But there is more to the story. The rulers have fallen, their kingdoms have crumbled to time and powers they couldn’t imagine. We, the mimes, mere puppets, have failed. They died calling us saviors, trusting us with their last breaths, but don’t they understand we are powerless to stop their suffering? We are divinity incarnate, but the world below does not trouble itself with following our suggestions. We are all kelp, truly, watching the ocean swarm around us blushed with blood, doomed to watch from our scenic solitude, forevermore.

A new empire rises from the ground, thriving in the blackness of Death, devouring the corpses of those who ruled and fell before with venom fangs. They are crawling shapes, blood-red, wriggling, lacking the elegance and poise of their predecessors—but also born without their predecessors’ tremendous ability to destroy themselves. They take the reins of the broken world, writhing but winning that mortal battle, that spiked fever that is life. The orchestra strikes its last, lasting note, that almost is a paean.

The lights go out and the gold is washed from the theater in a crashing wave of blackness.

The closing curtains ride the wave, a stormy funeral pall.

The play is over, but the story is alive, in the shadow between heartbeats, in the pause between inhalations and exhalations, where my own death slumbers—it shall not ever be forgot. I sob at the injustice—that those below would die, that the filthy, writhing creatures would be champions, that we would have to watch. Beside me, in front of me, throughout the chamber, faces glisten with tears, the way we played at wearing jewels. True to the mimicry of the play, we are struck dumb by the horrors we have seen tonight. How could we brutally enslave words and put them to the task of describing the devastating, motley drama of deaths we just were witness to?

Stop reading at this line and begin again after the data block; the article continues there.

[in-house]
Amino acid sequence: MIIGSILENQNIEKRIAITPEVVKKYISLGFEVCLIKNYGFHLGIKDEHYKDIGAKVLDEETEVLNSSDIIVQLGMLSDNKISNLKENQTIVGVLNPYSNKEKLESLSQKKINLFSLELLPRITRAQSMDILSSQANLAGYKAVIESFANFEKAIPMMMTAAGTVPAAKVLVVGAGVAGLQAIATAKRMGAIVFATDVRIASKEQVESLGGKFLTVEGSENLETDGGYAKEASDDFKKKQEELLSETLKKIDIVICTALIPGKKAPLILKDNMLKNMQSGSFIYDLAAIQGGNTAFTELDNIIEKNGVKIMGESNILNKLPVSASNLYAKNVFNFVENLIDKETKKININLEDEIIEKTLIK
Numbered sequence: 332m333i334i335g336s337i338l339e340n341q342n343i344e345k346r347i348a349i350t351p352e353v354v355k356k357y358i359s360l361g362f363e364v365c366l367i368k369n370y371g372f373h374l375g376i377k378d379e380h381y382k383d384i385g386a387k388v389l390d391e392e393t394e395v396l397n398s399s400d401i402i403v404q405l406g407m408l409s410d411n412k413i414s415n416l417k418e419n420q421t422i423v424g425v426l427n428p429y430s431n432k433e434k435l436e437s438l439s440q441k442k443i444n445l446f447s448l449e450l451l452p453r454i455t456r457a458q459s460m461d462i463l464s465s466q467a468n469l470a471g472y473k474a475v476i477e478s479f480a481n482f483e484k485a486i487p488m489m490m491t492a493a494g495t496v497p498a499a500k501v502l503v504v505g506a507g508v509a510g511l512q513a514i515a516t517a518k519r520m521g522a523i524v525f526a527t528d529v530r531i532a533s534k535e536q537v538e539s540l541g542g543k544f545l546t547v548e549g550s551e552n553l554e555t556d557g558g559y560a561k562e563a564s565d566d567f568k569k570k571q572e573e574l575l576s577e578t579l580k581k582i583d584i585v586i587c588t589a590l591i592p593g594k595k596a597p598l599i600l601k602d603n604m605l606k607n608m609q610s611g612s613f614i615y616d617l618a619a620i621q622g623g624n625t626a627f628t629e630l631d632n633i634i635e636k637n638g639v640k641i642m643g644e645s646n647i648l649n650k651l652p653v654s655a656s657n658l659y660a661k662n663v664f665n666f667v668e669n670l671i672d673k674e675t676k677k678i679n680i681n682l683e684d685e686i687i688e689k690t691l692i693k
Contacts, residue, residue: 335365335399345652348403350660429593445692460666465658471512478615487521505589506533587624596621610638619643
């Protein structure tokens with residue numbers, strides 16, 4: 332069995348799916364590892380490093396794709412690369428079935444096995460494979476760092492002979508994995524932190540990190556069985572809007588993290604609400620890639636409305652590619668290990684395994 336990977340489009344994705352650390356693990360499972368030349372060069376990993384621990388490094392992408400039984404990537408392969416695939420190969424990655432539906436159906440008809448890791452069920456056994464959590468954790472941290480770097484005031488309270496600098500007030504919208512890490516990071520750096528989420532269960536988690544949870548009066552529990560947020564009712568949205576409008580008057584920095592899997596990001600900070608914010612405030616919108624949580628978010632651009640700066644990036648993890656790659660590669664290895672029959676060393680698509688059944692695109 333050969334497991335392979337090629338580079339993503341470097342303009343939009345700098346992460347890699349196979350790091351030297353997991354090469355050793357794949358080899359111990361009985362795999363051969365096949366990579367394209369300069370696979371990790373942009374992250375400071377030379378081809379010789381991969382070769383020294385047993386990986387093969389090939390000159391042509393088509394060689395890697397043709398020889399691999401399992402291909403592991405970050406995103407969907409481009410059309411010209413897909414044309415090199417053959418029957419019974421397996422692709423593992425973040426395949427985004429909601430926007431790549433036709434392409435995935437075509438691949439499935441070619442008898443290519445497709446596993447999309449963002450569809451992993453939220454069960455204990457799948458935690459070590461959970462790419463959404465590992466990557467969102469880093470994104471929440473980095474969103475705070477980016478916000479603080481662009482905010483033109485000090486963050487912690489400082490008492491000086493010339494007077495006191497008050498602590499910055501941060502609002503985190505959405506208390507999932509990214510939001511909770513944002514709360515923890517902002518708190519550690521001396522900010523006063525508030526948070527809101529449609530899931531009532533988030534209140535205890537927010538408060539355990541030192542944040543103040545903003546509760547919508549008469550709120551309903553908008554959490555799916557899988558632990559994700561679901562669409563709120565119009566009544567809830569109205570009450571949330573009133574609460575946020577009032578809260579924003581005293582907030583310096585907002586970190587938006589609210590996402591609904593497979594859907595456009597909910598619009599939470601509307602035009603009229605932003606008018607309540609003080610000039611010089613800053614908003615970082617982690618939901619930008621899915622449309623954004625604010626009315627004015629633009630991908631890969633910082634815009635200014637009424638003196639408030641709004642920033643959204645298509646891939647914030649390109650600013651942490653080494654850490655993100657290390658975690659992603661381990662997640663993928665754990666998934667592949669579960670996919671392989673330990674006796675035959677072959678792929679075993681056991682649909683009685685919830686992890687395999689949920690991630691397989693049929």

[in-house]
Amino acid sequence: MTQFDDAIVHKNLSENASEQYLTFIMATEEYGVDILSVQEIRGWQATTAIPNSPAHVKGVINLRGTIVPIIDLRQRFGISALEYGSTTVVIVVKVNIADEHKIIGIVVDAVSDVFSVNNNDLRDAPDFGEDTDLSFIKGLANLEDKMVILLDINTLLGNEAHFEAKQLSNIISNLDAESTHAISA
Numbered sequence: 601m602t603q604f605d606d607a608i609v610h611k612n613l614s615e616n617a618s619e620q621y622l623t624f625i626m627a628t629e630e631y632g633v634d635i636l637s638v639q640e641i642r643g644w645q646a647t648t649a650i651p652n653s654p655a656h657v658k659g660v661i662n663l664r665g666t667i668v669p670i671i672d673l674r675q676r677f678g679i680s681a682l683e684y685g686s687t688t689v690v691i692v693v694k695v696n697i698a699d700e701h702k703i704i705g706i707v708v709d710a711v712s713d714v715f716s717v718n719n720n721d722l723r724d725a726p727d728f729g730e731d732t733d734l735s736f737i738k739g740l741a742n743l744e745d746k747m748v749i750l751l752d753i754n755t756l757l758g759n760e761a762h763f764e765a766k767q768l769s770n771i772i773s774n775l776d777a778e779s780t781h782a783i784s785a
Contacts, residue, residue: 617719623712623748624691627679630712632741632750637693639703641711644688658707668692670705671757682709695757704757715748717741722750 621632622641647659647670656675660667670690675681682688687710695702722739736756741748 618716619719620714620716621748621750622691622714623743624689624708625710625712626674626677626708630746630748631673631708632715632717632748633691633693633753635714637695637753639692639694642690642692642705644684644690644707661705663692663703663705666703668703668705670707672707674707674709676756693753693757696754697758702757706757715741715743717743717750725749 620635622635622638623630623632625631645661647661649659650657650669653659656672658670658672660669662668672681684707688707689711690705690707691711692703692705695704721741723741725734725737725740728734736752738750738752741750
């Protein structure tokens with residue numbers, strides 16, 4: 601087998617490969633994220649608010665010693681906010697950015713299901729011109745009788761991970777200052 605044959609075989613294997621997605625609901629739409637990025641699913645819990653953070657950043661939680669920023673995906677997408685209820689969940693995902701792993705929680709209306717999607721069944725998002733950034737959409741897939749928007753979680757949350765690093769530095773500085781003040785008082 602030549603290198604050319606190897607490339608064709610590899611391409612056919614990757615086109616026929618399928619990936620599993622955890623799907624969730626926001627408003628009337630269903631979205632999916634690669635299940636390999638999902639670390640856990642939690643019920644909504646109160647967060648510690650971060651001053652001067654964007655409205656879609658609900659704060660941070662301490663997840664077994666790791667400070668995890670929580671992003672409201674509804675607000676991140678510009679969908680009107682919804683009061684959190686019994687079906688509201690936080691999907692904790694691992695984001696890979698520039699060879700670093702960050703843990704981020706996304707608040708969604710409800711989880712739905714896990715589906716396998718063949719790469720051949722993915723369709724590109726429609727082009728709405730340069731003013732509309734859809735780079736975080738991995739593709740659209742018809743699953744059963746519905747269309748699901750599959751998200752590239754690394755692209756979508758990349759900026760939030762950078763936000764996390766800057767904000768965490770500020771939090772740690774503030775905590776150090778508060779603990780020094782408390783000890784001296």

No one moves as the curtains wrinkle to expel the play writes. Solemnly, the two angels stand before their stunned heavenly audience, and remove their veils. Understanding slinks between the seats: that was real, that was Earth. The pair do not cower before our rage, rage that they showed us the truth we have taught ourselves to avoid. We seraphs asked for a play of hopes and fears, and they showed us humanity of the world below, below our damnèd heaven. They have unveiled us with their show of life, and we angels sit, stunned, blinking at the sudden light.

How was this a gala night?

They affirm that the play is the tragedy “Man,” and its hero, the Conqueror Worm.


Book Review: We Were Liars by E. Lockhart

I really wanted this book to be good.

It wasn’t.

2/5 stars

Genre: YA contemporary w/ some romance and a main character with mental issues…I don’t know what that is called

correction: Amazon calls it a “modern, sophisticated suspense novel”

cover we were liars


Amazon description:

A beautiful and distinguished family.
A private island.
A brilliant, damaged girl; a passionate, political boy.
A group of four friends—the Liars—whose friendship turns destructive.
A revolution. An accident. A secret.
Lies upon lies.
True love.
The truth.

That doesn’t do a good job of describing the book. Here’s my description: